16 1. Higher order Fourier analysis

Remark 1.1.15. The numerical constants can of course be improved, but

this is not our focus here.

Exercise 1.1.21. Let P : Z →

Td

be a polynomial sequence P (n) :=

αsns+

· · ·+α0, let N ≥ 1, and let 0 δ 1. Suppose that the polynomial sequence

P is not totally δ-equidistributed on [N]. Show that there exists a non-zero

k ∈

Zd

with |k|

d,s

δ−Od,s(1)

such that k · αs

T d,s

δ−Od,s(1)/N s.

(Hint:

Induct on s starting with Exercise 1.1.19 for the base case, and then using

Exercise 1.1.20 and Lemma 1.1.14 to continue the induction.)

Note the N

s

denominator; the higher-degree coeﬃcients of a polynomial

need to be very rational in order not to cause equidistribution.

The above exercise only controls the top degree coeﬃcient, but we can

in fact control all coeﬃcients this way:

Lemma 1.1.16. With the hypotheses of Exercise 1.1.21, we can in fact

find a non-zero k ∈

Zd

with |k|

d,s

δ−Od,s(1)

such that k · αi

T d,s

δ−Od,s(1)/N i

for all i = 0,...,s.

Proof. We shall just establish the one-dimensional case d = 1, as the general

dimensional case then follows from Exercise 1.1.18.

The case s ≤ 1 follows from Exercise 1.1.19, so assume inductively that

s 1 and that the claim has already been proven for smaller values of

s. We allow all implied constants to depend on s. From Exercise 1.1.21,

we already can find a positive k with k =

O(δ−O(1))

such that kαs

T

δ−O(1)/N s.

We now partition [N] into arithmetic progressions of spacing k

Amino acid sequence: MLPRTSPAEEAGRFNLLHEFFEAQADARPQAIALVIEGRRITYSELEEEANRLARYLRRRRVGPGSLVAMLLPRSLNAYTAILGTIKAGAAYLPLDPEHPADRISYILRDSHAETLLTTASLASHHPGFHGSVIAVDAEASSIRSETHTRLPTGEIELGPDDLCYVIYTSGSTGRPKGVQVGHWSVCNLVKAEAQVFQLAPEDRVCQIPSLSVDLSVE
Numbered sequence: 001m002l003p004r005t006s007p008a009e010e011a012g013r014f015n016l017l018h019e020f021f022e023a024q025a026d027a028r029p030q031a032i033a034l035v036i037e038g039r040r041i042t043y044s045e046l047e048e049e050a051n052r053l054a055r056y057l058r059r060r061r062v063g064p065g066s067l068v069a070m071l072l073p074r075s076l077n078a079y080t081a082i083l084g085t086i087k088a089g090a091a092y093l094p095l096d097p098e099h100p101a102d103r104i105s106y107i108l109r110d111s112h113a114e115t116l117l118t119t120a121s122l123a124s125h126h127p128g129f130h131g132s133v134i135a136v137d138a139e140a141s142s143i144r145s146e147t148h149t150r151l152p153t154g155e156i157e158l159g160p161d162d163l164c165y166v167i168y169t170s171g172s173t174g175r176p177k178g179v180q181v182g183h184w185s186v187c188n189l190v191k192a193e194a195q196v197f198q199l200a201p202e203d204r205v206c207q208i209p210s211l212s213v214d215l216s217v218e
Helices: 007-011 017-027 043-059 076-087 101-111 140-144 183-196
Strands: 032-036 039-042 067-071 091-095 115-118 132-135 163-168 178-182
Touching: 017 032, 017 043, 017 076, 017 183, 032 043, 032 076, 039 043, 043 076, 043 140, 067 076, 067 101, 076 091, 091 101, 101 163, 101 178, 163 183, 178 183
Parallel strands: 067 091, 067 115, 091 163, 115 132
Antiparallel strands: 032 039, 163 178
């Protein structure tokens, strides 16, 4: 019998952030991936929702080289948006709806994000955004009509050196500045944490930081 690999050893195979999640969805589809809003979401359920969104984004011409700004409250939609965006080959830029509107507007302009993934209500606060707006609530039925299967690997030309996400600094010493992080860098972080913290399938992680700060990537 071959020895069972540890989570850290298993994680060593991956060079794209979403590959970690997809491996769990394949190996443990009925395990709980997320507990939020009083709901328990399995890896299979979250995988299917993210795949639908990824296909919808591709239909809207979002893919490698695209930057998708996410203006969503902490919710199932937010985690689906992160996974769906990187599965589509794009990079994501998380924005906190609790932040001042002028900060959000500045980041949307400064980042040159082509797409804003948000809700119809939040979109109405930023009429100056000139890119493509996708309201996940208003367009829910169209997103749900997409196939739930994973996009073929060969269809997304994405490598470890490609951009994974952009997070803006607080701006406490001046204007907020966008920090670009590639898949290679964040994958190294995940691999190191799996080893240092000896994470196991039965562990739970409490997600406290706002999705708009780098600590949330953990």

and length N ∼

δCN

for some suﬃciently large C; then by the pigeonhole

principle, we see that P fails to be totally

δO(1)-equidistributed

on one

of these progressions. But on one such progression (which can be identified

with [N ]) the degree s component of P is essentially constant (up to errors

much smaller than δ) if C is large enough; if one then applies the induction

hypothesis to the remaining portion of P on this progression, we can obtain

the claim.

This gives us the following analogue of Exercise 1.1.7. We say that a

subtorus T of some dimension d of a standard torus Td has complexity

at most M if there exists an invertible linear transformation L ∈ SLd(Z)

with integer coeﬃcients (which can thus be viewed as a homeomorphism

of

Td

that maps T to the standard torus

Td

×

{0}d−d

), and such that all

coeﬃcients have magnitude at most M.

Exercise 1.1.22. Show that every subtorus (i.e., compact connected Lie

subgroup) T of

Td

has finite complexity. (Hint: Let V be the Lie algebra

of T , then identify V with a subspace of

Rd

and T with V/(V ∩

Zd).

Show